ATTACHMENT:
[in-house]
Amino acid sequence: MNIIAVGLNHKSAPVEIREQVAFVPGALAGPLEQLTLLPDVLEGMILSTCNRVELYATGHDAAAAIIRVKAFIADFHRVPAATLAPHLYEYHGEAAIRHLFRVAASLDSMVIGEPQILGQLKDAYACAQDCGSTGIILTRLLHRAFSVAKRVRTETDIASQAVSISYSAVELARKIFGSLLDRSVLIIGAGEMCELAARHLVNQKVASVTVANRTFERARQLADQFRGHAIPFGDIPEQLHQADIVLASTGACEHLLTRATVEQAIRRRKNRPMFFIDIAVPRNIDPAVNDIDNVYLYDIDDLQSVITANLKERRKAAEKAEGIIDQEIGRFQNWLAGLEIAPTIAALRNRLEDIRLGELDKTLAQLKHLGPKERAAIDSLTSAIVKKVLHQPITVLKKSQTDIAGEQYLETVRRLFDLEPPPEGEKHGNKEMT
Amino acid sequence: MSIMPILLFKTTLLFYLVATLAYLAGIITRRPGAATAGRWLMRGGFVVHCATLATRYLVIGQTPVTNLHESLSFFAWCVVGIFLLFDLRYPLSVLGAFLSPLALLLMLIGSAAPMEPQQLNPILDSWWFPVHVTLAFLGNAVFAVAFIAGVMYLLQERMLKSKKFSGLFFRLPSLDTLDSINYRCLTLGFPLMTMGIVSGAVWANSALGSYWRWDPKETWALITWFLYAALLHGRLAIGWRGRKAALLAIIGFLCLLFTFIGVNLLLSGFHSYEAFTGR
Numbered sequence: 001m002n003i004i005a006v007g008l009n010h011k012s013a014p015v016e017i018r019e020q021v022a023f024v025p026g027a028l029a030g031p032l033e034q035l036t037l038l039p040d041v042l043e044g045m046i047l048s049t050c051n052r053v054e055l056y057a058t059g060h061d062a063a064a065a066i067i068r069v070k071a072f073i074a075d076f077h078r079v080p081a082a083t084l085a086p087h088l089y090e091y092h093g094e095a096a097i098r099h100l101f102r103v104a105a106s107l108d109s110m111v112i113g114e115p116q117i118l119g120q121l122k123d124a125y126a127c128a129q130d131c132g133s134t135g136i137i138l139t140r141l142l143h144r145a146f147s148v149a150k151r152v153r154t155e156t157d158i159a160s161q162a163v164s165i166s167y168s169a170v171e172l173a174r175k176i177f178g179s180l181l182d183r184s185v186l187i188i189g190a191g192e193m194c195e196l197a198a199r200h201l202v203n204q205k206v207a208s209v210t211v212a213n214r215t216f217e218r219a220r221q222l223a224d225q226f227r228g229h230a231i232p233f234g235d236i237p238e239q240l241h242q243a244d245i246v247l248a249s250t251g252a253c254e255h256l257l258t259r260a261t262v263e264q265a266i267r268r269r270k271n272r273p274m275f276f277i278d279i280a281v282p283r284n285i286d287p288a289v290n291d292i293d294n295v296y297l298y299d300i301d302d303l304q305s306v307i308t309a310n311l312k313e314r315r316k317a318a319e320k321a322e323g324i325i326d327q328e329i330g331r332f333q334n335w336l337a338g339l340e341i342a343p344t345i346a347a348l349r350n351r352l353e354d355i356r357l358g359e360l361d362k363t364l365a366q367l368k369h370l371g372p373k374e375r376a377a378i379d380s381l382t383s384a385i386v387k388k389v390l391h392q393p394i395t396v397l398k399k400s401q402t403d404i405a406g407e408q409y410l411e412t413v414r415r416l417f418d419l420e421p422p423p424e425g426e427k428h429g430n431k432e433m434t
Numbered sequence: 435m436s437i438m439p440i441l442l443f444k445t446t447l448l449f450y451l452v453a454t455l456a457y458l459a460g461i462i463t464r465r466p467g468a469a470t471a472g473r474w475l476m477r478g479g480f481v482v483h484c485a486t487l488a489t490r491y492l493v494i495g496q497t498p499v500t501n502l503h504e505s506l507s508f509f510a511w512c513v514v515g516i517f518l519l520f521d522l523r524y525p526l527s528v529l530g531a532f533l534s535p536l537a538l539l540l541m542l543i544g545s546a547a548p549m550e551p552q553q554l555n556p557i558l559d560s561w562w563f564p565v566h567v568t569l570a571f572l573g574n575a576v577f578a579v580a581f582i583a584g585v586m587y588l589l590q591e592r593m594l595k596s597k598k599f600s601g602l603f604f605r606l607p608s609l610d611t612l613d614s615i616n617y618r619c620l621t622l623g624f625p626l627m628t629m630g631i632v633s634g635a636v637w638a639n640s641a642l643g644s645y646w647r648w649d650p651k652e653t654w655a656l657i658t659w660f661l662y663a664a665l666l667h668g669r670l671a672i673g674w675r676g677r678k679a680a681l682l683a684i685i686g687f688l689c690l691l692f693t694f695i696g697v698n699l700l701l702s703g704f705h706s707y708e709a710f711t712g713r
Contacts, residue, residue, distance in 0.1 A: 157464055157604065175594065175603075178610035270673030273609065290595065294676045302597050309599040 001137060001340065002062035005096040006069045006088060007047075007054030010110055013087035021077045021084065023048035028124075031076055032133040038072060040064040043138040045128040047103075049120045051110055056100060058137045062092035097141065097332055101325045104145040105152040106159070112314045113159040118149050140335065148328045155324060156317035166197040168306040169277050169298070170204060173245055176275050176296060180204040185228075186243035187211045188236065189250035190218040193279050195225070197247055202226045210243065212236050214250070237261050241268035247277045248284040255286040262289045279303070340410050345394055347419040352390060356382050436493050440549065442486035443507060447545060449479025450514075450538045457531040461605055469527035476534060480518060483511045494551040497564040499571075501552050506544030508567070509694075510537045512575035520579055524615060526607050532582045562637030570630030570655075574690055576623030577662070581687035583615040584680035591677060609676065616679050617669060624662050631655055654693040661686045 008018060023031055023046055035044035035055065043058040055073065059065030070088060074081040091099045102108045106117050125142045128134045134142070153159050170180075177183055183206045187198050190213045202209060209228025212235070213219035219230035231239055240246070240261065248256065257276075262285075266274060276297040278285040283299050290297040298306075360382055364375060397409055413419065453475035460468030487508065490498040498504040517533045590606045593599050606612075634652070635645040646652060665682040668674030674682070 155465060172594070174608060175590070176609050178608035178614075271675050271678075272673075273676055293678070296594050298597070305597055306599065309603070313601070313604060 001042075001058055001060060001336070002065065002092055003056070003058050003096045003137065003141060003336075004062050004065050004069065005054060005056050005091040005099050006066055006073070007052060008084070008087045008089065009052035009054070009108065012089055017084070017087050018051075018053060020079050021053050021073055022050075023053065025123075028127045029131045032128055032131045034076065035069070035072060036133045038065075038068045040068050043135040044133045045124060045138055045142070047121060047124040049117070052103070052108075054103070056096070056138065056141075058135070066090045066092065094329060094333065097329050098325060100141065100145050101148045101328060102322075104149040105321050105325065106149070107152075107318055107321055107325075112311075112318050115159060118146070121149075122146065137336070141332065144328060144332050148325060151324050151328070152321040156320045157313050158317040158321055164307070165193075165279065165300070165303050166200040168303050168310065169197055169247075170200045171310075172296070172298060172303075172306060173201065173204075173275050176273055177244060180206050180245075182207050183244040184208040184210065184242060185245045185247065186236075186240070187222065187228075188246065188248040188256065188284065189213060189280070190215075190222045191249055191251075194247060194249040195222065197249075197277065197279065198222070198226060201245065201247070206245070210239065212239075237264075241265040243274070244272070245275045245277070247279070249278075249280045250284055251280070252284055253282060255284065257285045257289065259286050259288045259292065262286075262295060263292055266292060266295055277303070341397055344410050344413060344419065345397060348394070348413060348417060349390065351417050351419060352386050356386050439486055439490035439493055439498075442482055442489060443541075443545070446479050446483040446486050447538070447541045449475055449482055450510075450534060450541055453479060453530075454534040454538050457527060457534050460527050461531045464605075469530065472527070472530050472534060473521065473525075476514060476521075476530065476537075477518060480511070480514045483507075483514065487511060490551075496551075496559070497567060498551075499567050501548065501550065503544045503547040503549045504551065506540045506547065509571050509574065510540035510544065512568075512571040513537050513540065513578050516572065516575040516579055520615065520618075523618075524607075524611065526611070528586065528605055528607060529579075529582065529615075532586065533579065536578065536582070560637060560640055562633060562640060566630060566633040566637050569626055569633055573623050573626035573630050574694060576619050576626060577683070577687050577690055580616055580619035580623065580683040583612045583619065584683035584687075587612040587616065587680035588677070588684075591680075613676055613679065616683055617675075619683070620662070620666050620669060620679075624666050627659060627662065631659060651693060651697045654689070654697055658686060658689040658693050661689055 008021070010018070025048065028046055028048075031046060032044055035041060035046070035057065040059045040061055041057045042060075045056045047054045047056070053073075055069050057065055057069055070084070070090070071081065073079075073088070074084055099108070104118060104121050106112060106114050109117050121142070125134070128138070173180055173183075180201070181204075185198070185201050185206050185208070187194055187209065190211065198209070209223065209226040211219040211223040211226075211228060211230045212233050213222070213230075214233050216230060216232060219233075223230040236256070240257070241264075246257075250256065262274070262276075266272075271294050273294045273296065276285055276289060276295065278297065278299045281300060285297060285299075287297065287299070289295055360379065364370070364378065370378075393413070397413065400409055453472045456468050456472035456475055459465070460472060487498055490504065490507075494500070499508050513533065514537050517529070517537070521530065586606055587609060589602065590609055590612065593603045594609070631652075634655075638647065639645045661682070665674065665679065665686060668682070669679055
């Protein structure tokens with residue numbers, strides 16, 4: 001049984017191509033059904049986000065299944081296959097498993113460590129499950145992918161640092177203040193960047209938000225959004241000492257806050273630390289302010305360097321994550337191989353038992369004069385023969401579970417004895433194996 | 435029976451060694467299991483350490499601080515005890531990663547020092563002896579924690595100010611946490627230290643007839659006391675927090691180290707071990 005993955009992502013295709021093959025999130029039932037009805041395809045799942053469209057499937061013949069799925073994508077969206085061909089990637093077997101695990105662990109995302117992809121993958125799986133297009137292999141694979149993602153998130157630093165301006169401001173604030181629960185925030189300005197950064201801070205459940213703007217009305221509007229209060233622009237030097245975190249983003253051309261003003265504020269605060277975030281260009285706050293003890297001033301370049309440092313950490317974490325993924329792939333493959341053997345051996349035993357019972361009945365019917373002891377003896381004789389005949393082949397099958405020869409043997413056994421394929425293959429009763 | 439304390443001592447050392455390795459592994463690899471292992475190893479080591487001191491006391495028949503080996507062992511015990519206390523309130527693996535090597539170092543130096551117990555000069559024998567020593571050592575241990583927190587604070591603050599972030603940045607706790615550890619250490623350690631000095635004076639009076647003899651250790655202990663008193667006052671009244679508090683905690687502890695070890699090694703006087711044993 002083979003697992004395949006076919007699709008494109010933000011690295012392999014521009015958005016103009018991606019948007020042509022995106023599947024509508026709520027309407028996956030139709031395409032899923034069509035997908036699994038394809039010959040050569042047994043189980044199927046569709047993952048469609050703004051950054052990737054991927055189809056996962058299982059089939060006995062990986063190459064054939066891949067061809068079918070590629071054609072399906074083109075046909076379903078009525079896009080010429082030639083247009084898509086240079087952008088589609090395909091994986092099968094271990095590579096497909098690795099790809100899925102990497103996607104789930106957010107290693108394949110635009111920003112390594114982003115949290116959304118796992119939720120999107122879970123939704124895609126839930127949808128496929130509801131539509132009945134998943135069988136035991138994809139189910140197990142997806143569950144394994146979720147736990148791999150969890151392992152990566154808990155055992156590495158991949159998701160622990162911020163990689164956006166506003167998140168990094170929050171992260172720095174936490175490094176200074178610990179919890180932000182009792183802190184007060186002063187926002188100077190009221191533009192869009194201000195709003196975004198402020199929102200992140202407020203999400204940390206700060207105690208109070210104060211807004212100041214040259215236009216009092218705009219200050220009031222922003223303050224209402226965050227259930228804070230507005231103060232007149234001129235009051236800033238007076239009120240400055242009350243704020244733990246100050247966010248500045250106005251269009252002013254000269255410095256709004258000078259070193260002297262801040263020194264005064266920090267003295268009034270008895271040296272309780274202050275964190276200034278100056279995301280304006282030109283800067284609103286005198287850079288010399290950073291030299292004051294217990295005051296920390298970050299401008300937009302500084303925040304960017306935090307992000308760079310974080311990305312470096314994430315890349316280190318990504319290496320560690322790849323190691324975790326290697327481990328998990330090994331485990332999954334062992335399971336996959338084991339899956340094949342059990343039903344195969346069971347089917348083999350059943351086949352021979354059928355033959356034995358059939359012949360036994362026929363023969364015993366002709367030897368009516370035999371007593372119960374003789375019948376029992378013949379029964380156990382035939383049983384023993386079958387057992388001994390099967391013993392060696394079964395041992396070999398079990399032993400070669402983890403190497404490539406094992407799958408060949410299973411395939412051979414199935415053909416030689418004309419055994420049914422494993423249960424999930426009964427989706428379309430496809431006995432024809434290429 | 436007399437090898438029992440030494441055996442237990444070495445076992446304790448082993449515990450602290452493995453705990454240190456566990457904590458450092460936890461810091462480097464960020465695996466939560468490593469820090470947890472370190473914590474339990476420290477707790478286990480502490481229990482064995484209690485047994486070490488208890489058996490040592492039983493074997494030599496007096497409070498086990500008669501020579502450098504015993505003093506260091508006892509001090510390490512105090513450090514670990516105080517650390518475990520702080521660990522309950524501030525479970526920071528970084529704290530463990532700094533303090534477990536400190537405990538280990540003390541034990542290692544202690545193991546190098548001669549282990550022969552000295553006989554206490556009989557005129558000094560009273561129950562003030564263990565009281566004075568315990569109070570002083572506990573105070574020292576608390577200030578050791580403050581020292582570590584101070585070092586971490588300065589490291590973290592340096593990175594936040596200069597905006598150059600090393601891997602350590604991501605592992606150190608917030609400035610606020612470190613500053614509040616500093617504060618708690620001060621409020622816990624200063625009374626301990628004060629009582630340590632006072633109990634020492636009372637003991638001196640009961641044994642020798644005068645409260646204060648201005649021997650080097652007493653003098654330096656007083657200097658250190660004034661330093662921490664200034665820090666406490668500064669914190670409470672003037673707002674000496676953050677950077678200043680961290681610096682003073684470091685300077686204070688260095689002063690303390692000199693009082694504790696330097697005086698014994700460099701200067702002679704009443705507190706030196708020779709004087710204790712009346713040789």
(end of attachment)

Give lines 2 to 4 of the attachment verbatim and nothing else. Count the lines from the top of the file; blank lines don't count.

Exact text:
Amino acid sequence: MNIIAVGLNHKSAPVEIREQVAFVPGALAGPLEQLTLLPDVLEGMILSTCNRVELYATGHDAAAAIIRVKAFIADFHRVPAATLAPHLYEYHGEAAIRHLFRVAASLDSMVIGEPQILGQLKDAYACAQDCGSTGIILTRLLHRAFSVAKRVRTETDIASQAVSISYSAVELARKIFGSLLDRSVLIIGAGEMCELAARHLVNQKVASVTVANRTFERARQLADQFRGHAIPFGDIPEQLHQADIVLASTGACEHLLTRATVEQAIRRRKNRPMFFIDIAVPRNIDPAVNDIDNVYLYDIDDLQSVITANLKERRKAAEKAEGIIDQEIGRFQNWLAGLEIAPTIAALRNRLEDIRLGELDKTLAQLKHLGPKERAAIDSLTSAIVKKVLHQPITVLKKSQTDIAGEQYLETVRRLFDLEPPPEGEKHGNKEMT
Amino acid sequence: MSIMPILLFKTTLLFYLVATLAYLAGIITRRPGAATAGRWLMRGGFVVHCATLATRYLVIGQTPVTNLHESLSFFAWCVVGIFLLFDLRYPLSVLGAFLSPLALLLMLIGSAAPMEPQQLNPILDSWWFPVHVTLAFLGNAVFAVAFIAGVMYLLQERMLKSKKFSGLFFRLPSLDTLDSINYRCLTLGFPLMTMGIVSGAVWANSALGSYWRWDPKETWALITWFLYAALLHGRLAIGWRGRKAALLAIIGFLCLLFTFIGVNLLLSGFHSYEAFTGR
Numbered sequence: 001m002n003i004i005a006v007g008l009n010h011k012s013a014p015v016e017i018r019e020q021v022a023f024v025p026g027a028l029a030g031p032l033e034q035l036t037l038l039p040d041v042l043e044g045m046i047l048s049t050c051n052r053v054e055l056y057a058t059g060h061d062a063a064a065a066i067i068r069v070k071a072f073i074a075d076f077h078r079v080p081a082a083t084l085a086p087h088l089y090e091y092h093g094e095a096a097i098r099h100l101f102r103v104a105a106s107l108d109s110m111v112i113g114e115p116q117i118l119g120q121l122k123d124a125y126a127c128a129q130d131c132g133s134t135g136i137i138l139t140r141l142l143h144r145a146f147s148v149a150k151r152v153r154t155e156t157d158i159a160s161q162a163v164s165i166s167y168s169a170v171e172l173a174r175k176i177f178g179s180l181l182d183r184s185v186l187i188i189g190a191g192e193m194c195e196l197a198a199r200h201l202v203n204q205k206v207a208s209v210t211v212a213n214r215t216f217e218r219a220r221q222l223a224d225q226f227r228g229h230a231i232p233f234g235d236i237p238e239q240l241h242q243a244d245i246v247l248a249s250t251g252a253c254e255h256l257l258t259r260a261t262v263e264q265a266i267r268r269r270k271n272r273p274m275f276f277i278d279i280a281v282p283r284n285i286d287p288a289v290n291d292i293d294n295v296y297l298y299d300i301d302d303l304q305s306v307i308t309a310n311l312k313e314r315r316k317a318a319e320k321a322e323g324i325i326d327q328e329i330g331r332f333q334n335w336l337a338g339l340e341i342a343p344t345i346a347a348l349r350n351r352l353e354d355i356r357l358g359e360l361d362k363t364l365a366q367l368k369h370l371g372p373k374e375r376a377a378i379d380s381l382t383s384a385i386v387k388k389v390l391h392q393p394i395t396v397l398k399k400s401q402t403d404i405a406g407e408q409y410l411e412t413v414r415r416l417f418d419l420e421p422p423p424e425g426e427k428h429g430n431k432e433m434t